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But don’t look back in anger

When it comes to describing the impact of climate change, some experts would call it ‘global weirding’ rather than ‘global warming’. By ‘weirding’ they mean that extreme weather outcomes have become far more numerous than scientific modelling would have you expect. The pandemic seems to have had similar effects on economics: both the breakdown and subsequent rebound are beyond anything we have seen in economic history books.




Key takeaways:

  • It is time to look back on the first half of 2021 before everybody else does. The past months will make it to the history books for the biggest rebound ever on many levels.

  • Oil prices were up by half, oil & gas stocks by a third, and financials by a quarter at one stage. These are watermarks for any future recovery. Q2 growth is nominated in the category of ‘highest ever’.

Trying to sum up the first six months of the year is an exercise in keeping superlative use under control or refraining from inventing new ones:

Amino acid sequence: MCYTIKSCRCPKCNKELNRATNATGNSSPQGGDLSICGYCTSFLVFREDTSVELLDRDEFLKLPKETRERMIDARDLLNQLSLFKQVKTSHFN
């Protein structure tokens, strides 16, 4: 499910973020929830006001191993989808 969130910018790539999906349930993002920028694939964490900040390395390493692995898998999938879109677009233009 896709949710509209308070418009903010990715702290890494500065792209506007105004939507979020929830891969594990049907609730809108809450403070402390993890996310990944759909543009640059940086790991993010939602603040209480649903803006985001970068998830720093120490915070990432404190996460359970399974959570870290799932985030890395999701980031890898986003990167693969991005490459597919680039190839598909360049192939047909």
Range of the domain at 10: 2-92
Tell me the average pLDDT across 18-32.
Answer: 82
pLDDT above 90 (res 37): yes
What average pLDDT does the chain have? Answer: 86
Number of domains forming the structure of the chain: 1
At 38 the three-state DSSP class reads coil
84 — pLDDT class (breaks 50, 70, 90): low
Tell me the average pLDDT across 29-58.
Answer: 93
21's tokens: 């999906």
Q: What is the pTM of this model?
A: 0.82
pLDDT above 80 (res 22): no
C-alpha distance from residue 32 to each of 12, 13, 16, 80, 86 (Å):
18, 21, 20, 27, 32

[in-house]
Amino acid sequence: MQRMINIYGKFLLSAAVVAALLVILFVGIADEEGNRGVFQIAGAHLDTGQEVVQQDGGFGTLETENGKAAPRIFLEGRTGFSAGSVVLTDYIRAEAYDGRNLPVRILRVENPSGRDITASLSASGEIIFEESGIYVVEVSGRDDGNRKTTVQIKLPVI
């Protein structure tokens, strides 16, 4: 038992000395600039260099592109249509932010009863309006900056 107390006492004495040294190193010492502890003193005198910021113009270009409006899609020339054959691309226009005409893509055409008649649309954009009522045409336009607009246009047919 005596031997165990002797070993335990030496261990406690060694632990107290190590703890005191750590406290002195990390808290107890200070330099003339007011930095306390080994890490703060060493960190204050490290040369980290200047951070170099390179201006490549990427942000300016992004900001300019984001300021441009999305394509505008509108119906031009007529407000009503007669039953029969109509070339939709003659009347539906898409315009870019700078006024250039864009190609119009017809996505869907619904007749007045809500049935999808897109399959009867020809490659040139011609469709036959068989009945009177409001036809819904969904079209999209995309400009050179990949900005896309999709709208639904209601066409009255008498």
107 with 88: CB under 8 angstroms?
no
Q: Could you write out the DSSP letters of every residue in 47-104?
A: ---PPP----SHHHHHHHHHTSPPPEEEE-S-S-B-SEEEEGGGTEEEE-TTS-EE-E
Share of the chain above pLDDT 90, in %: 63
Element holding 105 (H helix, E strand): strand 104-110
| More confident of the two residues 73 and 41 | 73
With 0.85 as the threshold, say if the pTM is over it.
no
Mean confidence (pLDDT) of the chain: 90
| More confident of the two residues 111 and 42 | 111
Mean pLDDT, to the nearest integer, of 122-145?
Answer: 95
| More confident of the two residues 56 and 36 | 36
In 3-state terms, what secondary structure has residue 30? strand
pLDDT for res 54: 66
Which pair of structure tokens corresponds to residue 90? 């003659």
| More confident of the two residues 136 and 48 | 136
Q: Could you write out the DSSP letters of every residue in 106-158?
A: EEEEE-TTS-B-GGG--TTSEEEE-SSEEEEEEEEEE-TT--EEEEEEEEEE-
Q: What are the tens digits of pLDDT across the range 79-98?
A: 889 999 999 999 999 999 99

First, in the macroeconomic space, the first half of 2021 was a bumper period for growth and inflation rates. Again, there were some leads and lags, as the pandemic’s impact ran in different cycles in the various regions. However, quoting some numbers will give you a flavour: Chinese retail sales were up by a third, and purchasing managers’ indices reached 15-year highs overall and the highest reading ever in the US, marking a record. Even those economies that are not particularly known for strong growth, such as the United Kingdom, will likely post a Q2 growth number north of +20%. The kickstart could be felt in inflation gauges as well. In China, producer price indices rose by 9% year-on-year and in Europe by 8%. Even US consumer price indices spiked by 5%.

So how did the markets do?
The winner was crude oil, with prices up by half (i.e. 50%) at one point. In equities, oil & gas stocks increased by more than a third (36%), while financials were up by a quarter (25%). Away from the current winners, last year’s darlings (e.g. Chinese stocks and gold) were largely flat. It was hard to lose money in the first half of 2021 unless you were invested in safe-haven government bonds, which cost investors mid-single-digit percentage points, or cash, where recouping the losses in purchasing power is almost impossible compared to the bond space. However, you have heard that story here before.

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